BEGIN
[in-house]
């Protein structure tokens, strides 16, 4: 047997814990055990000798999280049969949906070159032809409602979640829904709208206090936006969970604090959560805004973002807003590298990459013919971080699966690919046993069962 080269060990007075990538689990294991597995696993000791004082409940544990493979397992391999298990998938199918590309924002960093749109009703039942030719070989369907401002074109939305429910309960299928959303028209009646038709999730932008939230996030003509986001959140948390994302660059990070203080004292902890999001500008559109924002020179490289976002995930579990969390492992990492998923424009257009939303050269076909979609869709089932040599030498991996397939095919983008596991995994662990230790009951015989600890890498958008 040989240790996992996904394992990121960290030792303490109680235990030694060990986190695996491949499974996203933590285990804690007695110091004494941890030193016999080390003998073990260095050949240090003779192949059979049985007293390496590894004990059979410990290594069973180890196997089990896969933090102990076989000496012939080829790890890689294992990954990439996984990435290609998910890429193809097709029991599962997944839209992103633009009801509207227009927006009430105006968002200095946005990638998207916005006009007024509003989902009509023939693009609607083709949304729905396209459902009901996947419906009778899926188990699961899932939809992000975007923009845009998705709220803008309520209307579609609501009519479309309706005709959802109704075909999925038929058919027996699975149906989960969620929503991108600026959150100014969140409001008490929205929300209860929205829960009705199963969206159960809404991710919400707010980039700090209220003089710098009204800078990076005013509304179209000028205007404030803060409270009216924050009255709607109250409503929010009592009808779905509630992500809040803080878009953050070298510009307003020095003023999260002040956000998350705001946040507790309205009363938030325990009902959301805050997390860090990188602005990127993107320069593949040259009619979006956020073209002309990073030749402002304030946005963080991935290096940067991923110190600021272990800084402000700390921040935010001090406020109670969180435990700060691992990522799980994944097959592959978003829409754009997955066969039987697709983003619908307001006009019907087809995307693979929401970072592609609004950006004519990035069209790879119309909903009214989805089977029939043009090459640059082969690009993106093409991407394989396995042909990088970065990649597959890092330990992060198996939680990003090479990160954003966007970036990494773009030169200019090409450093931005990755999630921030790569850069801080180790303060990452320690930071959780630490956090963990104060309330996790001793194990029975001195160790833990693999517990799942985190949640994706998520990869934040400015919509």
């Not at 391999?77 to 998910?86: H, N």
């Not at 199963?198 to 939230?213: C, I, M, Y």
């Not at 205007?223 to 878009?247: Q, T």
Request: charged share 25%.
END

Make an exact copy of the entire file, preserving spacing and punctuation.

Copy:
[in-house]
């Protein structure tokens, strides 16, 4: 047997814990055990000798999280049969949906070159032809409602979640829904709208206090936006969970604090959560805004973002807003590298990459013919971080699966690919046993069962 080269060990007075990538689990294991597995696993000791004082409940544990493979397992391999298990998938199918590309924002960093749109009703039942030719070989369907401002074109939305429910309960299928959303028209009646038709999730932008939230996030003509986001959140948390994302660059990070203080004292902890999001500008559109924002020179490289976002995930579990969390492992990492998923424009257009939303050269076909979609869709089932040599030498991996397939095919983008596991995994662990230790009951015989600890890498958008 040989240790996992996904394992990121960290030792303490109680235990030694060990986190695996491949499974996203933590285990804690007695110091004494941890030193016999080390003998073990260095050949240090003779192949059979049985007293390496590894004990059979410990290594069973180890196997089990896969933090102990076989000496012939080829790890890689294992990954990439996984990435290609998910890429193809097709029991599962997944839209992103633009009801509207227009927006009430105006968002200095946005990638998207916005006009007024509003989902009509023939693009609607083709949304729905396209459902009901996947419906009778899926188990699961899932939809992000975007923009845009998705709220803008309520209307579609609501009519479309309706005709959802109704075909999925038929058919027996699975149906989960969620929503991108600026959150100014969140409001008490929205929300209860929205829960009705199963969206159960809404991710919400707010980039700090209220003089710098009204800078990076005013509304179209000028205007404030803060409270009216924050009255709607109250409503929010009592009808779905509630992500809040803080878009953050070298510009307003020095003023999260002040956000998350705001946040507790309205009363938030325990009902959301805050997390860090990188602005990127993107320069593949040259009619979006956020073209002309990073030749402002304030946005963080991935290096940067991923110190600021272990800084402000700390921040935010001090406020109670969180435990700060691992990522799980994944097959592959978003829409754009997955066969039987697709983003619908307001006009019907087809995307693979929401970072592609609004950006004519990035069209790879119309909903009214989805089977029939043009090459640059082969690009993106093409991407394989396995042909990088970065990649597959890092330990992060198996939680990003090479990160954003966007970036990494773009030169200019090409450093931005990755999630921030790569850069801080180790303060990452320690930071959780630490956090963990104060309330996790001793194990029975001195160790833990693999517990799942985190949640994706998520990869934040400015919509």
């Not at 391999?77 to 998910?86: H, N």
């Not at 199963?198 to 939230?213: C, I, M, Y």
């Not at 205007?223 to 878009?247: Q, T």
Request: charged share 25%.